Voters in regions of the country where healthcare is under severe strain are almost as concerned about that issue as the cost of living, Vote Compass data shows.

More than 170,000 Kiwis have already taken part in the online tool and latest analysis of the numbers shows South Island regions in particular have ranked healthcare as a much higher priority than other parts of the country. In some cases voters are even flagging it up higher than broader economic concerns.

Where do you sit? Find out here at: 1News.co.nz/VoteCompass

Southland mayor Rob Scott isn’t surprised at all to hear his region’s voters have put healthcare so high on their election wishlist, particularly after the region lost primary care services in recent years. The loss of the Lumsden Maternity Centre, which shut in 2018, was a key blow.

“You look at the likes of someone in Te Anau, who has to travel for two, two-and-a-half hours to get to Invercargill. If Invercargill’s full – which happens relatively often now – there’s then another three-hour trip to Dunedin.

“I heard someone the other day referring to a long travel time of 20 minutes in Auckland. I had to laugh.”

He says it’s difficult for a region like theirs – with a population of 30,000 to a landmass the size of Belgium – to get national attention, especially at election time.

“A lot of people say we often don’t get heard. I think the Labour party almost don’t bother with us because (our region) is so blue, and the National party feel safe. So it’s hard to compete in that environment.

“But what all the political parties need to reflect on, is how much we contribute to ‘NZ inc’ down here.”

Nadine Taylor is the mayor of Marlborough, another region on the smaller end of the population scale with around 50,000 people, and another that’s ranking healthcare as a key election issue.

Many patients in Blenheim have to travel two-hours one way to Nelson for healthcare, a lot of which comes out of Nelson hospital.

“So if you’re on dialysis for instance and you need that three times a week, you have to drive to Nelson three times a week. Those people are often not that healthy, and so there’s arranging transport to get to Nelson. So there’s that provision of localised services, and people really recognise that.

“That’s what they want. The provision of strong services in their own backyard.”

Waiting 6-8 weeks for GP appointments

In Marlborough the cost of living still came up as the most dominant election issue through Vote Compass, with 21% of people in the region listing it as one of the most important.

But that only narrowly beat healthcare, which 20% of people raised, more so than the broader economy on 17%.

Taylor said the healthcare concern boils down to service provision, and access to GPs.

“We have some fantastic GPs, but in terms of availability when people go to make appointments, they’re talking six, eight weeks out for appointments.

“They’re often cancelled at late notice because your GP is ill. There’s no coverage, and there’s no depth.”

She said the recovery efforts from last year’s major storms is also a key issue for her constituents, and she’s concerned it could be lost in the broader election debate.

“I think there is always that concern and that is how do you get that cut-through. There are the national issues but there are the big issues locally which will make such a difference as to how the population lives. The population in the Sounds, the population in wider Marlborough, that has to pay for it.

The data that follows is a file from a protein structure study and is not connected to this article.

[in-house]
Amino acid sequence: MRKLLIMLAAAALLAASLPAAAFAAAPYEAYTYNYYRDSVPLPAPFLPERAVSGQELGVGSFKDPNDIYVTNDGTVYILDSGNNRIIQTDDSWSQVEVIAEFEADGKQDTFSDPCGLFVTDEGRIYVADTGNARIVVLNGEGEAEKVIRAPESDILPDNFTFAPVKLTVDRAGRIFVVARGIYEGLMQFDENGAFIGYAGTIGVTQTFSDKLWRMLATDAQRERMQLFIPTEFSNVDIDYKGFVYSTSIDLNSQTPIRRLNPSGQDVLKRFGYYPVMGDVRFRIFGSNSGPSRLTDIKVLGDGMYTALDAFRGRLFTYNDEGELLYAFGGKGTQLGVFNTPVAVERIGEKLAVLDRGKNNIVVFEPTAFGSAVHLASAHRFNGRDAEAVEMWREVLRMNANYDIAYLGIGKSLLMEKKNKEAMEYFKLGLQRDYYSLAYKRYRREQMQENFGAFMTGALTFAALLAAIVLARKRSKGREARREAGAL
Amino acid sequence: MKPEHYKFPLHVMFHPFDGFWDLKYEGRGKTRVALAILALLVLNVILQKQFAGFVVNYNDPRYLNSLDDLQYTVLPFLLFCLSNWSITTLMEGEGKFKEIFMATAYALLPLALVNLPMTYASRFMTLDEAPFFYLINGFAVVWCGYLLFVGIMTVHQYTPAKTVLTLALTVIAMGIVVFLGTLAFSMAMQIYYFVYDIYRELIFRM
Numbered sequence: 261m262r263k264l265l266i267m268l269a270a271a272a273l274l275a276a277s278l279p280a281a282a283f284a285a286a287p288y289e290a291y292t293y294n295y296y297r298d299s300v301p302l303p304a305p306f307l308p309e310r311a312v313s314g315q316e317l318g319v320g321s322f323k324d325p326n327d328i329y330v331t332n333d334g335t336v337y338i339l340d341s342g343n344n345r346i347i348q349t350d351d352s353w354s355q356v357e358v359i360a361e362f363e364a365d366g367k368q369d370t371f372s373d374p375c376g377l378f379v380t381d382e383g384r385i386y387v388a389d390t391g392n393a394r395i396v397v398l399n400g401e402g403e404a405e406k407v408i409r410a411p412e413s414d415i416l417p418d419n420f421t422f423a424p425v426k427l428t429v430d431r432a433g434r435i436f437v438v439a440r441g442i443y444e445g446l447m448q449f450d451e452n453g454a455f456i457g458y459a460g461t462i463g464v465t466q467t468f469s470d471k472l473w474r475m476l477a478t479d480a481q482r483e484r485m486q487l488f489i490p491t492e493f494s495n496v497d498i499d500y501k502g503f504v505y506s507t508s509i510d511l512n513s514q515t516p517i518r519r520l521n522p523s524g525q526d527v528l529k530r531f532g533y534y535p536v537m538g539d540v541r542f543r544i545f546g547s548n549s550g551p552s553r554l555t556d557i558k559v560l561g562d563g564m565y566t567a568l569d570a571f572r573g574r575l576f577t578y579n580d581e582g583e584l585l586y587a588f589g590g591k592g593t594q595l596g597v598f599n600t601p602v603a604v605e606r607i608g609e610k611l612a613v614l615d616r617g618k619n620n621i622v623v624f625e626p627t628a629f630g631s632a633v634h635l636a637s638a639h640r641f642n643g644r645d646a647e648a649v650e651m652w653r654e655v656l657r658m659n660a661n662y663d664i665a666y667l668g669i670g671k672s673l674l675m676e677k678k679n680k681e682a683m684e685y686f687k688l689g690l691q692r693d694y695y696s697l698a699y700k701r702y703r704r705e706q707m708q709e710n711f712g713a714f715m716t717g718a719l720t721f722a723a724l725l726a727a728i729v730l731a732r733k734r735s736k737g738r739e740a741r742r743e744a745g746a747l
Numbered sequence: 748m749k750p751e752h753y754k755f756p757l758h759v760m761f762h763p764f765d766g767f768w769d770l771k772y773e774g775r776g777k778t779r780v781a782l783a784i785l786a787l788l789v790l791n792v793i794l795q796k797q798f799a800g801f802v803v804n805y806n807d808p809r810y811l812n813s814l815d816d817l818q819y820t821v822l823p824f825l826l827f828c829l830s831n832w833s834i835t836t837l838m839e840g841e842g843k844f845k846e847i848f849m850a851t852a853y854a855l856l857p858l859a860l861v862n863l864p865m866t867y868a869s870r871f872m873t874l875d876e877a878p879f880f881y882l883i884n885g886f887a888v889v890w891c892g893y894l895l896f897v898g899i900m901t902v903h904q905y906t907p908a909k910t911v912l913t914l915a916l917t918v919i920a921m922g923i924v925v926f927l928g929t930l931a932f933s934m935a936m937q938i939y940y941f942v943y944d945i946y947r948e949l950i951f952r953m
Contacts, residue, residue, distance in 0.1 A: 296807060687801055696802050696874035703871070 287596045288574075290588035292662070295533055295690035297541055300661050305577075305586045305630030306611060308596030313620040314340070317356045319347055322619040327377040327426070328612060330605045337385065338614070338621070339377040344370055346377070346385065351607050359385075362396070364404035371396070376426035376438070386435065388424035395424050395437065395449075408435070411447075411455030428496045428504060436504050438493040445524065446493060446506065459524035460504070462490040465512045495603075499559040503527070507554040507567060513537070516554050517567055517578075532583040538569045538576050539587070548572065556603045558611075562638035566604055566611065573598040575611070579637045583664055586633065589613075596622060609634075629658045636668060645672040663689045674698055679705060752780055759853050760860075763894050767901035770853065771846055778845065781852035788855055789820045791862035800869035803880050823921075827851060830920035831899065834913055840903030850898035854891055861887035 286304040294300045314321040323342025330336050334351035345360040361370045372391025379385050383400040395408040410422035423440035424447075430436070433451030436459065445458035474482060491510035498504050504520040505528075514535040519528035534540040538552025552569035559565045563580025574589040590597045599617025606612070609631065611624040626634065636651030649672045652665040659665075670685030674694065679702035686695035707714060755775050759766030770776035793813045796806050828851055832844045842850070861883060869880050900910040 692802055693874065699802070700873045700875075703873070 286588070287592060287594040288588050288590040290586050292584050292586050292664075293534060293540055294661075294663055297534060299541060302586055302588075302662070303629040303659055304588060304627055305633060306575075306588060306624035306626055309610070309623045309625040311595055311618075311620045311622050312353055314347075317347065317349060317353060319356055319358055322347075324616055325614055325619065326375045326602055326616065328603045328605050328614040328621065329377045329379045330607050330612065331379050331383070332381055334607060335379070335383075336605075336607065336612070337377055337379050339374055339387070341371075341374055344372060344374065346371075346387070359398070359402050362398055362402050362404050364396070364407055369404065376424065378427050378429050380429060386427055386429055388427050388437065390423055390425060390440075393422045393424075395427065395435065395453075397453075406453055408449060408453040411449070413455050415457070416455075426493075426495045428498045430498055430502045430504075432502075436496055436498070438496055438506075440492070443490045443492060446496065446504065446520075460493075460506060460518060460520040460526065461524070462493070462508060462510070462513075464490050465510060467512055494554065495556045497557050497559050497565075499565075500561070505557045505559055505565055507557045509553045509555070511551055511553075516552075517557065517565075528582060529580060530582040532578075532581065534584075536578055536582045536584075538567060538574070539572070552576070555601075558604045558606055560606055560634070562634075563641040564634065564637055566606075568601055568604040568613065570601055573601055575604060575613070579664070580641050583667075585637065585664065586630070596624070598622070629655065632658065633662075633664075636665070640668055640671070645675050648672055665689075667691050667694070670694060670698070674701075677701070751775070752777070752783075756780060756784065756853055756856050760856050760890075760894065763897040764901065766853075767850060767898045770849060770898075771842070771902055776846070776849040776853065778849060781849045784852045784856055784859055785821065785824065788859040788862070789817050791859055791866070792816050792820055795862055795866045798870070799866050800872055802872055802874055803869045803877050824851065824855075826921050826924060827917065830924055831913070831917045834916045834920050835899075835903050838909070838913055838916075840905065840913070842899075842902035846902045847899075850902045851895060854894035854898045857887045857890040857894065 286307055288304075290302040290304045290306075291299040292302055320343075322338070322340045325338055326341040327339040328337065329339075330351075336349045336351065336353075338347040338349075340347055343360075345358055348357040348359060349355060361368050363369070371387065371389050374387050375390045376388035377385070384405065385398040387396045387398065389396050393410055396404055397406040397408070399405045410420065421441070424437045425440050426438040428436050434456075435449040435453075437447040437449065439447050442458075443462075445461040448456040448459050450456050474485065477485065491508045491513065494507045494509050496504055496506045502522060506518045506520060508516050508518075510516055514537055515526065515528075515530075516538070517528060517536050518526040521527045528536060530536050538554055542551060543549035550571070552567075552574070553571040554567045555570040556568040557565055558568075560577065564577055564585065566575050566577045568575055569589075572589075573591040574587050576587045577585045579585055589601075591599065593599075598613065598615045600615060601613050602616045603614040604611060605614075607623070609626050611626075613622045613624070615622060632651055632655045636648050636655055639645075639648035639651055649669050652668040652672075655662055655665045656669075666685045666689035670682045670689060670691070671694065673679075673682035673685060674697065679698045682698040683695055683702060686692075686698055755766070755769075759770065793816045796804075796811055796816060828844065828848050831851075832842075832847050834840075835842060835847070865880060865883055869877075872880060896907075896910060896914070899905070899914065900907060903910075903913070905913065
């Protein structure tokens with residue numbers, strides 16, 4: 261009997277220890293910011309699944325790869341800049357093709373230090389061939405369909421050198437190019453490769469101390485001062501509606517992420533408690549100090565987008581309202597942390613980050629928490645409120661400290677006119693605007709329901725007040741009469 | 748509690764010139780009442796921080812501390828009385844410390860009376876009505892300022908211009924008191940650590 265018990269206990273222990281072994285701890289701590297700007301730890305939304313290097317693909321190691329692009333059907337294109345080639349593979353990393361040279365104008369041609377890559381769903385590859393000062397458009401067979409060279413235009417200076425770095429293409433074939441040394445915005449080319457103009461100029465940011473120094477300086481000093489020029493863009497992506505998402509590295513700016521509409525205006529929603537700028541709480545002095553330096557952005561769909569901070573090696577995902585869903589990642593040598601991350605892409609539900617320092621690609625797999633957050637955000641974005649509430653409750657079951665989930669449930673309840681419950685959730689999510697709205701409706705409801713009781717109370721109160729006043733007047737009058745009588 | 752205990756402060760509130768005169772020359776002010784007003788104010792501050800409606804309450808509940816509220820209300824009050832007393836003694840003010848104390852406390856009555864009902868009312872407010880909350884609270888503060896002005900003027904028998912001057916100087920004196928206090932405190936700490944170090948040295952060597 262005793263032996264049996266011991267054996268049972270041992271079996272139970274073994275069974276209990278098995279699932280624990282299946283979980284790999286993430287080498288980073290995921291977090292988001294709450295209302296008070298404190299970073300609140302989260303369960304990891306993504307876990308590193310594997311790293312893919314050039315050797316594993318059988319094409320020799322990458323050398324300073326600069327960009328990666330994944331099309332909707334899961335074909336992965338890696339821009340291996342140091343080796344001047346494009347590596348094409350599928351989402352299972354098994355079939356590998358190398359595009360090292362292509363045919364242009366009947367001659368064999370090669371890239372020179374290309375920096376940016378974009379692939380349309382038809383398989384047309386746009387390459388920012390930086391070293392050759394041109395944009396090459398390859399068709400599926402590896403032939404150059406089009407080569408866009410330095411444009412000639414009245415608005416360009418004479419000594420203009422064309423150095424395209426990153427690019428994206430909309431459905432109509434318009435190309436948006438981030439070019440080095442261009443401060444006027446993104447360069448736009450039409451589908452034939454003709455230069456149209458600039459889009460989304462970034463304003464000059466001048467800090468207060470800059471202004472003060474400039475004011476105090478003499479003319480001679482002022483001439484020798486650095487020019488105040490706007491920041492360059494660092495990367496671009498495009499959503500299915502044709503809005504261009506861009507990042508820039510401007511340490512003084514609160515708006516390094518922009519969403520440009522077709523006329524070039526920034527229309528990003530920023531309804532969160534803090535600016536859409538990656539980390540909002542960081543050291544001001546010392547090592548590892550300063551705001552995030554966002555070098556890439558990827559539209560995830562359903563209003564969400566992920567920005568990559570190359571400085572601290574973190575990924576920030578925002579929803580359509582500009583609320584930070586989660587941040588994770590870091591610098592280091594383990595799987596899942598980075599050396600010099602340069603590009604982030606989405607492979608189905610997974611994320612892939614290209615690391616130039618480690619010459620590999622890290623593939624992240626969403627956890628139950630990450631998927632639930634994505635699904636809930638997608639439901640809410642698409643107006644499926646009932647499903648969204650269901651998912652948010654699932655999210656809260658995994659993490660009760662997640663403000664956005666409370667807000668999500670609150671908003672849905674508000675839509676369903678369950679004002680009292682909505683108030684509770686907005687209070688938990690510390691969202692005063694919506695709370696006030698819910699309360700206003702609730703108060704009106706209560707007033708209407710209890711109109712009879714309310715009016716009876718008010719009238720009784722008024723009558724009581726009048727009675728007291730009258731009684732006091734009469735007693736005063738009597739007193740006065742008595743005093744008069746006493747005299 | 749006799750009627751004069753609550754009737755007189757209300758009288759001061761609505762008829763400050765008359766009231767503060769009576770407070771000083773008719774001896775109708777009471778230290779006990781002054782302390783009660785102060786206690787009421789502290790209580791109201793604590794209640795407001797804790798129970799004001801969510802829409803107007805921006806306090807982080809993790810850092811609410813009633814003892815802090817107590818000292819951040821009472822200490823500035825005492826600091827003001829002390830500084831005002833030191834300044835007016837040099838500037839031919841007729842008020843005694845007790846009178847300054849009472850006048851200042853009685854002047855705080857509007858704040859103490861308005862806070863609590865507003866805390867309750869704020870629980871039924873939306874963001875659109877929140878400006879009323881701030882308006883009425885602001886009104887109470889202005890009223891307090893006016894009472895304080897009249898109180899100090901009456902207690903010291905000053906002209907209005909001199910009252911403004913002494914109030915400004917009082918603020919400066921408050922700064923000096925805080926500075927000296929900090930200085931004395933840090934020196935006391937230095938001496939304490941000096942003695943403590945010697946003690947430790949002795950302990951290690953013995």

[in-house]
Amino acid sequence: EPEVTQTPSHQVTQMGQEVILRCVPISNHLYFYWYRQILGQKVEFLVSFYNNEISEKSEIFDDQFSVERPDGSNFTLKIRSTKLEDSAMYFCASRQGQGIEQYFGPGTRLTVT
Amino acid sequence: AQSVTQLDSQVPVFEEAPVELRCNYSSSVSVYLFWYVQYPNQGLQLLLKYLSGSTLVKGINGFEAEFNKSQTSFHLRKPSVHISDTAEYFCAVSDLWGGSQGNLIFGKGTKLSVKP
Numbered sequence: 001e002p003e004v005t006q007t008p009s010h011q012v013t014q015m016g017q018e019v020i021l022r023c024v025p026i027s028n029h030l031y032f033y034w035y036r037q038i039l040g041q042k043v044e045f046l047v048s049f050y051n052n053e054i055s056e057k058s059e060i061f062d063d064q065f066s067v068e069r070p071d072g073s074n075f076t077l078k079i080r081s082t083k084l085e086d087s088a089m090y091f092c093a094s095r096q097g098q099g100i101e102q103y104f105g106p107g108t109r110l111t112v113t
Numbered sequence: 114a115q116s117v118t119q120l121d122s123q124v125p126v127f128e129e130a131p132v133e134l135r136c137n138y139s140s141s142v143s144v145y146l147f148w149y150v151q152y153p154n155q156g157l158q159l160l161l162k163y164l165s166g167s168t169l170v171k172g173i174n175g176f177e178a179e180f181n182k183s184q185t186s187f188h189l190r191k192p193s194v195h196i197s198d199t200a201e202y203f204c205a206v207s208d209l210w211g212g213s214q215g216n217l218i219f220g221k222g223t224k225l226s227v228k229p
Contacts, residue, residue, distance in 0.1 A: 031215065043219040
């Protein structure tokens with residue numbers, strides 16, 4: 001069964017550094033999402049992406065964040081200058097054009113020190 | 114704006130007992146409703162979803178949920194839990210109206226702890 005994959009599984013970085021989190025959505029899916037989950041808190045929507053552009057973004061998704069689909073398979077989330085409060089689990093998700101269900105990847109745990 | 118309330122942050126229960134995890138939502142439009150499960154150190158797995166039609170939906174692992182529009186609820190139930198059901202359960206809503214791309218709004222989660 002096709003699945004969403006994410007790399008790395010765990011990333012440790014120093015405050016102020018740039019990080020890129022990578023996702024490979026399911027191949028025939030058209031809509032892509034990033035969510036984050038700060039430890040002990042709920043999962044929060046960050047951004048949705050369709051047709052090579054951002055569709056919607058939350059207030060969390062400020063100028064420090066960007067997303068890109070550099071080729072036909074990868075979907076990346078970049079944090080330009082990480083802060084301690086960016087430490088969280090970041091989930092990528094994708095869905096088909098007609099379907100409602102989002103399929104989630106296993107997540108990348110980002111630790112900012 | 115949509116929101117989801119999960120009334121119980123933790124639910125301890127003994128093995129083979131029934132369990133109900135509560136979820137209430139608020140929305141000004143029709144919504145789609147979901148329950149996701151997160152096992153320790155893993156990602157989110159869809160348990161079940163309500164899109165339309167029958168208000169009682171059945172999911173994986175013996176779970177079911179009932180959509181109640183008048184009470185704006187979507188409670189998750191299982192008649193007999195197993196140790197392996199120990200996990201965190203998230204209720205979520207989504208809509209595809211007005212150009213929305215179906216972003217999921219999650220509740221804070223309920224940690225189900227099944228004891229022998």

“You do sometimes worry about getting lost in the crowded space of need.”

Healthcare is also, perhaps unsurprisingly, a more important election issue for older voters.

University of Auckland political scientist Jennifer Lees-Marshment said raising the concerns of all voters, no matter where they are in the country, is important.

“Parties need to pay close attention to voters in specific regions being worried about healthcare, and not just focus on Auckland.

“We have seen some policies get attention – such as free dental treatment for young adults from Labour and a new medical school at Otago from National – but whether this goes far enough to address voter concerns is questionable.”

She said Vote Compass is throwing up data and information that could also be “an opportunity for party strategists to pick up votes by focusing more on healthcare in the campaign, to demonstrate they understand people’s top concerns across all of New Zealand”.

What is Vote Compass?

By using Vote Compass, New Zealanders can find out which political parties they are with on the key issues facing the country

You can choose to agree or disagree with 30 statements about issues like health, education, the environment, and tax. Vote Compass will then analyse your answers with the policies of different parties and show you how similar they are to your own views.

Developed by a team of social and statistical scientists from Vox Pop Labs, Vote Compass is a civic engagement application offered in New Zealand exclusively by 1News/ TVNZ. The findings are based on 41,545 respondents who participated in Vote Compass from September 10, 2023 to September 13, 2023 and who answered the open-text question: “What issue is most important to you in this election?” Multiple mentions were possible and responses were aggregated into categories using natural language processing techniques.

Unlike online opinion polls, respondents to Vote Compass are not pre-selected. Similar to opinion polls, however, the data are a non-random sample from the population and have been weighted in order to approximate a representative sample. Vote Compass data have been weighted by gender, age, education, income, region, Māori ancestry, and partisanship to ensure the sample’s composition reflects that of the actual population of New Zealand according to census data and other population estimates.


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